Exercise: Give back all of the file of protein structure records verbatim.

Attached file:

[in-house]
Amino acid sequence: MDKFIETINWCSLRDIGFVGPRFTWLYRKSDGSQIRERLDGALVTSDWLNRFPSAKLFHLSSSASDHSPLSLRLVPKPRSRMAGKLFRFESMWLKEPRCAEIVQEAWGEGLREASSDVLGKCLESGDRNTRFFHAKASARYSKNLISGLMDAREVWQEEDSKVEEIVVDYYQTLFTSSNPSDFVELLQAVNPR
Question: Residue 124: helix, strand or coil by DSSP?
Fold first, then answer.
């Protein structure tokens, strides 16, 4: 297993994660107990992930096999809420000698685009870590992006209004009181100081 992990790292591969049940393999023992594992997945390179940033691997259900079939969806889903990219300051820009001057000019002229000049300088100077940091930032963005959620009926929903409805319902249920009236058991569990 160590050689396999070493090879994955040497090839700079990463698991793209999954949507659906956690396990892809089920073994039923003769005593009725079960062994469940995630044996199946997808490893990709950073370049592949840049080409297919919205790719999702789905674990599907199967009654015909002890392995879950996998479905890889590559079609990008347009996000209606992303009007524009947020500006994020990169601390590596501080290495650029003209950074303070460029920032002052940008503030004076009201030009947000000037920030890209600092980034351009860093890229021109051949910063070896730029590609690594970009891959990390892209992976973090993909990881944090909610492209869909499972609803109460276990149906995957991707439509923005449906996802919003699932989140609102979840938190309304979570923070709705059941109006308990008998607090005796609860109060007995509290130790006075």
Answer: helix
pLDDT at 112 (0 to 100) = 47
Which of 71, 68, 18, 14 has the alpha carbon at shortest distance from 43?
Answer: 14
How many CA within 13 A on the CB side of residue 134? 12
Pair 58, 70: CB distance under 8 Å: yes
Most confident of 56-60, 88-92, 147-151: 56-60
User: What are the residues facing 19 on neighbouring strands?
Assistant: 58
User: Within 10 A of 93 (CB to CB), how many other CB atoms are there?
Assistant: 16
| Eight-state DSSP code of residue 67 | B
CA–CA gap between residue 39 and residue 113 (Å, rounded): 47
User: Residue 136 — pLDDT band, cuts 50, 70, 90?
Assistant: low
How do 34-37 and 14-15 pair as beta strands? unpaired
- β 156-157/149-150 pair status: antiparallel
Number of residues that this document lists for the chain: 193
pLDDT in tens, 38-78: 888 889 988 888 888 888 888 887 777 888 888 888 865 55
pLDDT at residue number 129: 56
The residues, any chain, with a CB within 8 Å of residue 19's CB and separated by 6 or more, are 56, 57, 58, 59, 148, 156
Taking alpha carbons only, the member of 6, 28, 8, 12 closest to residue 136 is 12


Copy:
[in-house]
Amino acid sequence: MDKFIETINWCSLRDIGFVGPRFTWLYRKSDGSQIRERLDGALVTSDWLNRFPSAKLFHLSSSASDHSPLSLRLVPKPRSRMAGKLFRFESMWLKEPRCAEIVQEAWGEGLREASSDVLGKCLESGDRNTRFFHAKASARYSKNLISGLMDAREVWQEEDSKVEEIVVDYYQTLFTSSNPSDFVELLQAVNPR
Question: Residue 124: helix, strand or coil by DSSP?
Fold first, then answer.
């Protein structure tokens, strides 16, 4: 297993994660107990992930096999809420000698685009870590992006209004009181100081 992990790292591969049940393999023992594992997945390179940033691997259900079939969806889903990219300051820009001057000019002229000049300088100077940091930032963005959620009926929903409805319902249920009236058991569990 160590050689396999070493090879994955040497090839700079990463698991793209999954949507659906956690396990892809089920073994039923003769005593009725079960062994469940995630044996199946997808490893990709950073370049592949840049080409297919919205790719999702789905674990599907199967009654015909002890392995879950996998479905890889590559079609990008347009996000209606992303009007524009947020500006994020990169601390590596501080290495650029003209950074303070460029920032002052940008503030004076009201030009947000000037920030890209600092980034351009860093890229021109051949910063070896730029590609690594970009891959990390892209992976973090993909990881944090909610492209869909499972609803109460276990149906995957991707439509923005449906996802919003699932989140609102979840938190309304979570923070709705059941109006308990008998607090005796609860109060007995509290130790006075």
Answer: helix
pLDDT at 112 (0 to 100) = 47
Which of 71, 68, 18, 14 has the alpha carbon at shortest distance from 43?
Answer: 14
How many CA within 13 A on the CB side of residue 134? 12
Pair 58, 70: CB distance under 8 Å: yes
Most confident of 56-60, 88-92, 147-151: 56-60
User: What are the residues facing 19 on neighbouring strands?
Assistant: 58
User: Within 10 A of 93 (CB to CB), how many other CB atoms are there?
Assistant: 16
| Eight-state DSSP code of residue 67 | B
CA–CA gap between residue 39 and residue 113 (Å, rounded): 47
User: Residue 136 — pLDDT band, cuts 50, 70, 90?
Assistant: low
How do 34-37 and 14-15 pair as beta strands? unpaired
- β 156-157/149-150 pair status: antiparallel
Number of residues that this document lists for the chain: 193
pLDDT in tens, 38-78: 888 889 988 888 888 888 888 887 777 888 888 888 865 55
pLDDT at residue number 129: 56
The residues, any chain, with a CB within 8 Å of residue 19's CB and separated by 6 or more, are 56, 57, 58, 59, 148, 156
Taking alpha carbons only, the member of 6, 28, 8, 12 closest to residue 136 is 12